Australian millennials aren't working as hard as the rest of the world

Christian Vierig/WireImage

Australian millennials aren’t putting in as many hours at the office as the rest of their generation in other countries.

The latest research shows they toil for an average 41 hours a week, the same as millennials in the UK but far less than in India where they put in 52 hours.

However, millennials — often accused of being lazy and self-obsessed — are still working as hard, if not harder, than other generations.

And in Australia, they tend to put in a longer week than the average full-time worker who now does less than 40 hours at the office.

Official statistics in Australia show the hours worked on average each week have been declining, mainly due to more people in part-time employment, to around 33 hours.

But even the average hours worked by full-time workers is in decline. It rose during the 1990s, peaking at 41.3 hours in 2000 when Australia was rated as one of the hardest working countries in the world, but decreased to 39.7 hours in 2009.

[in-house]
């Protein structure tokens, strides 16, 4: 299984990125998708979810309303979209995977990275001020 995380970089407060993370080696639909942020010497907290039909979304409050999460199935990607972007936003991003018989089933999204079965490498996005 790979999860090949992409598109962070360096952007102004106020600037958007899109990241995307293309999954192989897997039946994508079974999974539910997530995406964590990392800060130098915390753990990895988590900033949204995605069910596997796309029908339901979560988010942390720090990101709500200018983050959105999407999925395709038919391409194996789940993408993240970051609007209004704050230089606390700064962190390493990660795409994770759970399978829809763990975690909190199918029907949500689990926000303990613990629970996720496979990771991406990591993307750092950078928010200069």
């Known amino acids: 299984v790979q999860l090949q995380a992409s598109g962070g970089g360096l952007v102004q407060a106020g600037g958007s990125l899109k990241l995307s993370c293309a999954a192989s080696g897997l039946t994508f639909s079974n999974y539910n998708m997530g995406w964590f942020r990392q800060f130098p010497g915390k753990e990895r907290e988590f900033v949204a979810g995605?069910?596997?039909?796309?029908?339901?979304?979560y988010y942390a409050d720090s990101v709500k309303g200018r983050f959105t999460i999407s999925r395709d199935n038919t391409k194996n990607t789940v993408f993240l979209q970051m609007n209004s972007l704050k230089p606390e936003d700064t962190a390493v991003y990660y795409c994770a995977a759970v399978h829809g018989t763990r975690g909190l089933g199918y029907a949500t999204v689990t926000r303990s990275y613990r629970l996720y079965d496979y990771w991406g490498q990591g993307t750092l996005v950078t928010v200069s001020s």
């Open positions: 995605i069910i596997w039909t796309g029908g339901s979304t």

The latest statistics from the OECD put the average working week in Australia at almost 36 hours.

“Contrary to the (millennial) lazy label, the data tell a different story,” says the report Millennial Careers: 2020 Vision by the ManpowerGroup.

The report is based on a survey of 19,000 millennials in 25 countries and more than 1,500 hiring managers.

Almost three-quarters (73%) of millennials reported they worked more than 40 hours a week. Nearly a quarter did more than 50.

This graphic shows the hours worked across the world:

Image: Millennial Careers: 2020 Vision

By law in Australia, employers can’t ask full-time employees to work more than 38 hours a week.

Millennials, those born between 1982 and 1996 and are now aged 20 to 34, will make up one-third of the work force by 2010.

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